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Film, Comic Books
As funny as the Amazon Drone Twitter account is, the best response to Sunday’s big revelation that the online retail giant is developing delivery by unmanned aerial vehicles has to be from Waterstones.
On Monday, the U.K. bookseller announced O.W.L.S., the Ornithological Waterstones Landing Service, which will utilize owls to bring books to customers’ doors. As Waterstones Press Manager Jon Owls (ahem) explains in the video below, “O.W.L.S. consists of a fleet of specially trained owls that, either working individually or as an adorable team, will be able to deliver your package within 30 minutes of you placing your order.”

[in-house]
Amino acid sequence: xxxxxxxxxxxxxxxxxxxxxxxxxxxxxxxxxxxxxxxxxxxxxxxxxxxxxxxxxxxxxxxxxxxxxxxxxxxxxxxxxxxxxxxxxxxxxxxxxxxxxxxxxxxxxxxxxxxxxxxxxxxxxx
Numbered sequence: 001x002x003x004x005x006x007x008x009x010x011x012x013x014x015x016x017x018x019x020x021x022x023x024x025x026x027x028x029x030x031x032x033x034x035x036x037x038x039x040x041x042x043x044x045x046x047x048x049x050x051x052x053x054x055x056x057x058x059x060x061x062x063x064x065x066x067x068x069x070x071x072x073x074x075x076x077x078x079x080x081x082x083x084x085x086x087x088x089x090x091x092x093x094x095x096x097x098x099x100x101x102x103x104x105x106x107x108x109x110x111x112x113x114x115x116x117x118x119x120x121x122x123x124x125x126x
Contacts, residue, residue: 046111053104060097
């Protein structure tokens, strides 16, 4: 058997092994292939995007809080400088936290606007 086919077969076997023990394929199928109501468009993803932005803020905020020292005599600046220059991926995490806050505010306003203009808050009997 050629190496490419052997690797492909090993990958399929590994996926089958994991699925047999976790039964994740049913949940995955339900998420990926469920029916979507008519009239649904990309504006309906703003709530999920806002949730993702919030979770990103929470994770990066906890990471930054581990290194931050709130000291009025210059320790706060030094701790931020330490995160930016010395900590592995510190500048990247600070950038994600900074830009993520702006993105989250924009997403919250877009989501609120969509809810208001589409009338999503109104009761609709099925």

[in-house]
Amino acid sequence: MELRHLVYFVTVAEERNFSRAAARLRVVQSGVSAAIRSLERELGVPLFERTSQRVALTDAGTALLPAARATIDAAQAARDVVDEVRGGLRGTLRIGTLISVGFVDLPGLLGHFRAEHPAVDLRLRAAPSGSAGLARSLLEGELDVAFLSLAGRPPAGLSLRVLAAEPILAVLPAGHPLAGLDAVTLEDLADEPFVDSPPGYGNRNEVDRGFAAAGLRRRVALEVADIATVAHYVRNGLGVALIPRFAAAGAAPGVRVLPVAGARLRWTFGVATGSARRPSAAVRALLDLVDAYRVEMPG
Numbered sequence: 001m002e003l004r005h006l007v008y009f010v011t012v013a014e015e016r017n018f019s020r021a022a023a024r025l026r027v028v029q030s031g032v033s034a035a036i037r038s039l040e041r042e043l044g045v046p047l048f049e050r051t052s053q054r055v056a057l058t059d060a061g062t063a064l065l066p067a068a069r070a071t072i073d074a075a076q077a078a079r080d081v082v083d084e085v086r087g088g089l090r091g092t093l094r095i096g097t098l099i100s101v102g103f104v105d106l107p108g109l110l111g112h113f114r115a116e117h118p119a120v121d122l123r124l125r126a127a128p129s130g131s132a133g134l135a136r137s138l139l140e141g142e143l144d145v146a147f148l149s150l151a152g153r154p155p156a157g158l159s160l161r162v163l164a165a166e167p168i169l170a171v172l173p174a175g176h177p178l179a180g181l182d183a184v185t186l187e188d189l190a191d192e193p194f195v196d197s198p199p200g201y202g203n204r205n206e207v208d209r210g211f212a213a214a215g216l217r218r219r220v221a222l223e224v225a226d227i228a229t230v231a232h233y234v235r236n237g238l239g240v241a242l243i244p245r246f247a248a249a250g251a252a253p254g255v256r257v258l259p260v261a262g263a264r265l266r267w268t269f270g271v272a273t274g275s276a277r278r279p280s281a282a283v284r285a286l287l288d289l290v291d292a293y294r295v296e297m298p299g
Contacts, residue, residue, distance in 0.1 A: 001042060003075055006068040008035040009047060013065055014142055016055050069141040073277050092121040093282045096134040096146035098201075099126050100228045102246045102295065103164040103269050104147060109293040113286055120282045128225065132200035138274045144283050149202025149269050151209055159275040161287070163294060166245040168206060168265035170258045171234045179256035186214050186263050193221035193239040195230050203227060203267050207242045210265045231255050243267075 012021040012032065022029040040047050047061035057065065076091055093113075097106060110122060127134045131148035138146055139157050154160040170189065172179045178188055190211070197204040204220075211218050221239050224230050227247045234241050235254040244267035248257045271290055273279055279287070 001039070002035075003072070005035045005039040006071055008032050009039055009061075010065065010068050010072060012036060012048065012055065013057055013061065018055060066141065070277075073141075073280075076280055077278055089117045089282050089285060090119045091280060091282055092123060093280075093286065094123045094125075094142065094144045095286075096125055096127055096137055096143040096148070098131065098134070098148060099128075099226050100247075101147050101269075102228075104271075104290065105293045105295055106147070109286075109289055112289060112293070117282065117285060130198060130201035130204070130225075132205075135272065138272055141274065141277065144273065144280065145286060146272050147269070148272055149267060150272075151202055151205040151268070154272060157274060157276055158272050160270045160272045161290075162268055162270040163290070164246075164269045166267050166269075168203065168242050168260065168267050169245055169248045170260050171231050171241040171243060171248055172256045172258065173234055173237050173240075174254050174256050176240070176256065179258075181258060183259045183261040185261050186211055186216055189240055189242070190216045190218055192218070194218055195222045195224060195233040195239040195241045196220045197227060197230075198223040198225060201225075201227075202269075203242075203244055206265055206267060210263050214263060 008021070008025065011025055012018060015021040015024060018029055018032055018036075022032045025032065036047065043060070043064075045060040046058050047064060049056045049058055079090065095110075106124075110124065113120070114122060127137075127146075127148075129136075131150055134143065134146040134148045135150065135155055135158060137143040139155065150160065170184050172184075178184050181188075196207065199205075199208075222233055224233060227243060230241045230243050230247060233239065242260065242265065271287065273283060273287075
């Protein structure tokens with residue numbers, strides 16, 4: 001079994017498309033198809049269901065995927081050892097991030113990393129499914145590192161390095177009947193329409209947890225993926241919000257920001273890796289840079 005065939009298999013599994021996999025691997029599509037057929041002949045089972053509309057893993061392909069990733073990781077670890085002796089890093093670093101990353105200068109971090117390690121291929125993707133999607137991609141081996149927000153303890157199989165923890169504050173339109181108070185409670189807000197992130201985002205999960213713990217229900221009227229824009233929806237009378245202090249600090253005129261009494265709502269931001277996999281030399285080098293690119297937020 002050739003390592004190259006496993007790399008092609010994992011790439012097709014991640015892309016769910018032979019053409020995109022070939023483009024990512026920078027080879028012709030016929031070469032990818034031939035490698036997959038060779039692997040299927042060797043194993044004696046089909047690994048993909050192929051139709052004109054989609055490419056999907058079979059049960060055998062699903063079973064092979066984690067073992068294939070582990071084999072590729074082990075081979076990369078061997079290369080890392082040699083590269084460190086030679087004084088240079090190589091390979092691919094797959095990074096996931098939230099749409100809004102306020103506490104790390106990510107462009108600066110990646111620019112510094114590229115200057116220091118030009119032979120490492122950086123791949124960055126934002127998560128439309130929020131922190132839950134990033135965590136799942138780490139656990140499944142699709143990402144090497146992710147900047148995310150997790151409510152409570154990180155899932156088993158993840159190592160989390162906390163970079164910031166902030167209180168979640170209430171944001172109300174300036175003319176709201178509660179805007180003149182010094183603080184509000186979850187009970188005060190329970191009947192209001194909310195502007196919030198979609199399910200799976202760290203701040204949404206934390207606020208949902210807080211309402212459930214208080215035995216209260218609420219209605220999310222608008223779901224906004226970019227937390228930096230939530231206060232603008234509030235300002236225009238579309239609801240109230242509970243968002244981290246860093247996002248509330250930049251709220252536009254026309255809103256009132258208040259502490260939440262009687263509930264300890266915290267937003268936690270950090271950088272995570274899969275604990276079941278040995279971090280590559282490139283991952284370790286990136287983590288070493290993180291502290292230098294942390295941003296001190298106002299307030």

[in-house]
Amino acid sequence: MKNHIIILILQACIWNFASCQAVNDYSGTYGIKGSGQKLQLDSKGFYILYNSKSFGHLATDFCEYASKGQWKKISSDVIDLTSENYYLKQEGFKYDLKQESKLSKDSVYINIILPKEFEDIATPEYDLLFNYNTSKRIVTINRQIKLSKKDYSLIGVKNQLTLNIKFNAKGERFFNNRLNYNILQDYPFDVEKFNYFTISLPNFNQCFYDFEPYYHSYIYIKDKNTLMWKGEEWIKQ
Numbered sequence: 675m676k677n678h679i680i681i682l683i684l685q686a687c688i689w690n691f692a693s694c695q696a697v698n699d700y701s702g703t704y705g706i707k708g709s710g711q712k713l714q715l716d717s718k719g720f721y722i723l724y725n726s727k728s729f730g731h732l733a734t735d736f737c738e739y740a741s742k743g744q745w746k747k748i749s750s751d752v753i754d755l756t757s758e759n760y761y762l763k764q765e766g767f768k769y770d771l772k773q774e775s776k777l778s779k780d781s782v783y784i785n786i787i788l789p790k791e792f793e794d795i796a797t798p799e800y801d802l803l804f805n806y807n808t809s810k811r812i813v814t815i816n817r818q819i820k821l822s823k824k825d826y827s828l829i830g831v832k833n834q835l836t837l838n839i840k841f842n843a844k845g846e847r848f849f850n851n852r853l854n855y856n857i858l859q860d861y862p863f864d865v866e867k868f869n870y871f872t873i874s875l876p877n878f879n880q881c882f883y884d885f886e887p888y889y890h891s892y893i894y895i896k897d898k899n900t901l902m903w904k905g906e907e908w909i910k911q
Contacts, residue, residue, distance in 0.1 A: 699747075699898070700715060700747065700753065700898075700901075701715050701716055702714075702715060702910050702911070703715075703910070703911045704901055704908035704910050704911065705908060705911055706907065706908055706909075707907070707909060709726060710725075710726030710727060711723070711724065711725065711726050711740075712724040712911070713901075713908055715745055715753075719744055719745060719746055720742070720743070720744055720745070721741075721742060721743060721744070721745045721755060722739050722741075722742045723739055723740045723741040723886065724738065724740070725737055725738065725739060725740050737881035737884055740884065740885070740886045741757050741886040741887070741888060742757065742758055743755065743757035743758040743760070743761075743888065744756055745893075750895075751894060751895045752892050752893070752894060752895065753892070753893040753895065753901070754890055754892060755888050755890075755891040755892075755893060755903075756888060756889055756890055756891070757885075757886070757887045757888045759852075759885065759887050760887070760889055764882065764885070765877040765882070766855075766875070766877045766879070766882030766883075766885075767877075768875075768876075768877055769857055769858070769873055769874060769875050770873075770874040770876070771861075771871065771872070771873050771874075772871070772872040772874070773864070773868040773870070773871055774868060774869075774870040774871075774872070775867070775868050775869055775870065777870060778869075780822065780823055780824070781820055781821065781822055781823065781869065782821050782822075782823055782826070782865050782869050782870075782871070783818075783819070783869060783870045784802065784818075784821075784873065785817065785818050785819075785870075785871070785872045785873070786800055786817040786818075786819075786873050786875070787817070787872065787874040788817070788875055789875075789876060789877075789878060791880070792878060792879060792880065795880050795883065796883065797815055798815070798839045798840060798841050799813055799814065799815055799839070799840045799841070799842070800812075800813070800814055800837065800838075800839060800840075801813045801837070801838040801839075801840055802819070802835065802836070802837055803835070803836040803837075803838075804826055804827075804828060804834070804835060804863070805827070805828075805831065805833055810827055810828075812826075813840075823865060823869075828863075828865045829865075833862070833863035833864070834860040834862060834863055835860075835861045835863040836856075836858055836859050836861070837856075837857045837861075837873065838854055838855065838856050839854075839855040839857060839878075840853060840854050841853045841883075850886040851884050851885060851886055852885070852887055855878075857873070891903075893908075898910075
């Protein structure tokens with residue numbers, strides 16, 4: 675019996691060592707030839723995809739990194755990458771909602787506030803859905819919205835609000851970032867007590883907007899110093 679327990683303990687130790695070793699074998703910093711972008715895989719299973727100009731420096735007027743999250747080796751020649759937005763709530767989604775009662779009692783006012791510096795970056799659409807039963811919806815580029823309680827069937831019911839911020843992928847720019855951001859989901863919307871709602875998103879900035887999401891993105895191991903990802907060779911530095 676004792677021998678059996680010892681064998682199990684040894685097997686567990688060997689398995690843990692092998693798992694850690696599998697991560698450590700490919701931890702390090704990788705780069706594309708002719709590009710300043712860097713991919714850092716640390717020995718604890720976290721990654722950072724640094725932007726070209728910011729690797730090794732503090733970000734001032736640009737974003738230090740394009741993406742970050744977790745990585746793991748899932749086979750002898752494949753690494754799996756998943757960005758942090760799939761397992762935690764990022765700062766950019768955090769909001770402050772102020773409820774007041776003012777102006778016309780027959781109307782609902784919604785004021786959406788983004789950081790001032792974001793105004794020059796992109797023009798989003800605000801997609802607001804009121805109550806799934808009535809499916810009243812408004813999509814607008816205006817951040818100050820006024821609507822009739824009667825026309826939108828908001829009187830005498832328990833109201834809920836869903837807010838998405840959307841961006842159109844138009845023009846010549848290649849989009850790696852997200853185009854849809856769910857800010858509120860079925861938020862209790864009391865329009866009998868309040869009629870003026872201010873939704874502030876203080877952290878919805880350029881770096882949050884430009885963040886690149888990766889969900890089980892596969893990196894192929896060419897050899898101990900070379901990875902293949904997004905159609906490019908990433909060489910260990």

That would match the promised speed of Amazon Prime Air’s drones (within a 10-mile radius of a distribution center), Waterstones may be a little slower in launching its service.
“Putting O.W.L.S. into commercial use will take a number of years as it takes ages to train owls to do anything,” Owls cautions, “and we only just thought of it this morning.”
When O.W.L.S. does take flight, Waterstones may find the skies a little crowded: The Verge reports that UPS, the world’s largest parcel service, is also researching drones.